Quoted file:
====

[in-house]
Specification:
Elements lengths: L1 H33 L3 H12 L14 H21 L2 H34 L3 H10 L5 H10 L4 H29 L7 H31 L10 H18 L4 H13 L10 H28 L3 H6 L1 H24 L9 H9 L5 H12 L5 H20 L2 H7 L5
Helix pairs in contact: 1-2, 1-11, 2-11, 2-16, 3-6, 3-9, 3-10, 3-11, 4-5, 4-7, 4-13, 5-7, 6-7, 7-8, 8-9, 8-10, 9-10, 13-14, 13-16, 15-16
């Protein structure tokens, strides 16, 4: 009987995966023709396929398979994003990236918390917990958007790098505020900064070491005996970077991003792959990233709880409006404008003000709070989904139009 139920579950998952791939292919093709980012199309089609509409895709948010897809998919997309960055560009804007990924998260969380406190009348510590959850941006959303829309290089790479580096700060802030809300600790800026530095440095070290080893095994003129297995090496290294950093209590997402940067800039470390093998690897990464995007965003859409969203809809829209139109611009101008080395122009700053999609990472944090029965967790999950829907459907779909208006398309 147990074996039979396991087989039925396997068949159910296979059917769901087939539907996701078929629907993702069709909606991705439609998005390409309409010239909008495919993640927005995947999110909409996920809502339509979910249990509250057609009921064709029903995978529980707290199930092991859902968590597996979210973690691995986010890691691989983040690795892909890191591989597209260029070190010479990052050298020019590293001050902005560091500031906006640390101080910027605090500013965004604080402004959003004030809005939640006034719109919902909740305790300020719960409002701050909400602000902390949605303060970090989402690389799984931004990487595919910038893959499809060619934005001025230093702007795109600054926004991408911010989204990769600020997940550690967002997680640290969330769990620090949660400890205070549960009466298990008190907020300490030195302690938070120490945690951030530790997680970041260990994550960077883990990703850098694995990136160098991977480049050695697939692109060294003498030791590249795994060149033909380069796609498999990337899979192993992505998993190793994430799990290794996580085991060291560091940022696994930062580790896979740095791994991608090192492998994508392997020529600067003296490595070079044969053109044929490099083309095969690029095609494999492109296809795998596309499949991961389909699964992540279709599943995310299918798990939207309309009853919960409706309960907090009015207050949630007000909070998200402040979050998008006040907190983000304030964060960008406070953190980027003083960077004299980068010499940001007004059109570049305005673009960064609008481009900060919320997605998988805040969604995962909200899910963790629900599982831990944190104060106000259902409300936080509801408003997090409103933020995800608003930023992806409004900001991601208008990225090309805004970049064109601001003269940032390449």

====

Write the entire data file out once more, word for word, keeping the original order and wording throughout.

[in-house]
Specification:
Elements lengths: L1 H33 L3 H12 L14 H21 L2 H34 L3 H10 L5 H10 L4 H29 L7 H31 L10 H18 L4 H13 L10 H28 L3 H6 L1 H24 L9 H9 L5 H12 L5 H20 L2 H7 L5
Helix pairs in contact: 1-2, 1-11, 2-11, 2-16, 3-6, 3-9, 3-10, 3-11, 4-5, 4-7, 4-13, 5-7, 6-7, 7-8, 8-9, 8-10, 9-10, 13-14, 13-16, 15-16
């Protein structure tokens, strides 16, 4: 009987995966023709396929398979994003990236918390917990958007790098505020900064070491005996970077991003792959990233709880409006404008003000709070989904139009 139920579950998952791939292919093709980012199309089609509409895709948010897809998919997309960055560009804007990924998260969380406190009348510590959850941006959303829309290089790479580096700060802030809300600790800026530095440095070290080893095994003129297995090496290294950093209590997402940067800039470390093998690897990464995007965003859409969203809809829209139109611009101008080395122009700053999609990472944090029965967790999950829907459907779909208006398309 147990074996039979396991087989039925396997068949159910296979059917769901087939539907996701078929629907993702069709909606991705439609998005390409309409010239909008495919993640927005995947999110909409996920809502339509979910249990509250057609009921064709029903995978529980707290199930092991859902968590597996979210973690691995986010890691691989983040690795892909890191591989597209260029070190010479990052050298020019590293001050902005560091500031906006640390101080910027605090500013965004604080402004959003004030809005939640006034719109919902909740305790300020719960409002701050909400602000902390949605303060970090989402690389799984931004990487595919910038893959499809060619934005001025230093702007795109600054926004991408911010989204990769600020997940550690967002997680640290969330769990620090949660400890205070549960009466298990008190907020300490030195302690938070120490945690951030530790997680970041260990994550960077883990990703850098694995990136160098991977480049050695697939692109060294003498030791590249795994060149033909380069796609498999990337899979192993992505998993190793994430799990290794996580085991060291560091940022696994930062580790896979740095791994991608090192492998994508392997020529600067003296490595070079044969053109044929490099083309095969690029095609494999492109296809795998596309499949991961389909699964992540279709599943995310299918798990939207309309009853919960409706309960907090009015207050949630007000909070998200402040979050998008006040907190983000304030964060960008406070953190980027003083960077004299980068010499940001007004059109570049305005673009960064609008481009900060919320997605998988805040969604995962909200899910963790629900599982831990944190104060106000259902409300936080509801408003997090409103933020995800608003930023992806409004900001991601208008990225090309805004970049064109601001003269940032390449």